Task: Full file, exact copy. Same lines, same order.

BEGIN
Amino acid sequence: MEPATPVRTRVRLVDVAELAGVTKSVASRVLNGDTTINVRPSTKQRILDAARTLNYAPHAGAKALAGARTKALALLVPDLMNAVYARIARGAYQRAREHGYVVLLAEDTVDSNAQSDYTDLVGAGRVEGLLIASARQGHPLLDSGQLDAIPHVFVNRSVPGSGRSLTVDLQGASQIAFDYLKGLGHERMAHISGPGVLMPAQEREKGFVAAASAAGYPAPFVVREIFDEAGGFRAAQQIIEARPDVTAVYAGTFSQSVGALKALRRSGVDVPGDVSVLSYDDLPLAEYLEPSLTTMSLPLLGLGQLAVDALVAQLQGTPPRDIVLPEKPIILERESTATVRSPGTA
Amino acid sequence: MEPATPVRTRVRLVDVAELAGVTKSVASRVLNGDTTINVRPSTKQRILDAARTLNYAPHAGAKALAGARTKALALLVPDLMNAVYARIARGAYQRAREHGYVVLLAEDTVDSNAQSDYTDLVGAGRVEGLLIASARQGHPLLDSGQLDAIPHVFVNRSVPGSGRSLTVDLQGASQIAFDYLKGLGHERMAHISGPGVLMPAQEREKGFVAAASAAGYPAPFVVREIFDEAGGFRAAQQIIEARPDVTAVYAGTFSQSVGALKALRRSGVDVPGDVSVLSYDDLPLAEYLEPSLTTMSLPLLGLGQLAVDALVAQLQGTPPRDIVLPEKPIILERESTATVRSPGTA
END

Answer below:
Amino acid sequence: MEPATPVRTRVRLVDVAELAGVTKSVASRVLNGDTTINVRPSTKQRILDAARTLNYAPHAGAKALAGARTKALALLVPDLMNAVYARIARGAYQRAREHGYVVLLAEDTVDSNAQSDYTDLVGAGRVEGLLIASARQGHPLLDSGQLDAIPHVFVNRSVPGSGRSLTVDLQGASQIAFDYLKGLGHERMAHISGPGVLMPAQEREKGFVAAASAAGYPAPFVVREIFDEAGGFRAAQQIIEARPDVTAVYAGTFSQSVGALKALRRSGVDVPGDVSVLSYDDLPLAEYLEPSLTTMSLPLLGLGQLAVDALVAQLQGTPPRDIVLPEKPIILERESTATVRSPGTA
Amino acid sequence: MEPATPVRTRVRLVDVAELAGVTKSVASRVLNGDTTINVRPSTKQRILDAARTLNYAPHAGAKALAGARTKALALLVPDLMNAVYARIARGAYQRAREHGYVVLLAEDTVDSNAQSDYTDLVGAGRVEGLLIASARQGHPLLDSGQLDAIPHVFVNRSVPGSGRSLTVDLQGASQIAFDYLKGLGHERMAHISGPGVLMPAQEREKGFVAAASAAGYPAPFVVREIFDEAGGFRAAQQIIEARPDVTAVYAGTFSQSVGALKALRRSGVDVPGDVSVLSYDDLPLAEYLEPSLTTMSLPLLGLGQLAVDALVAQLQGTPPRDIVLPEKPIILERESTATVRSPGTA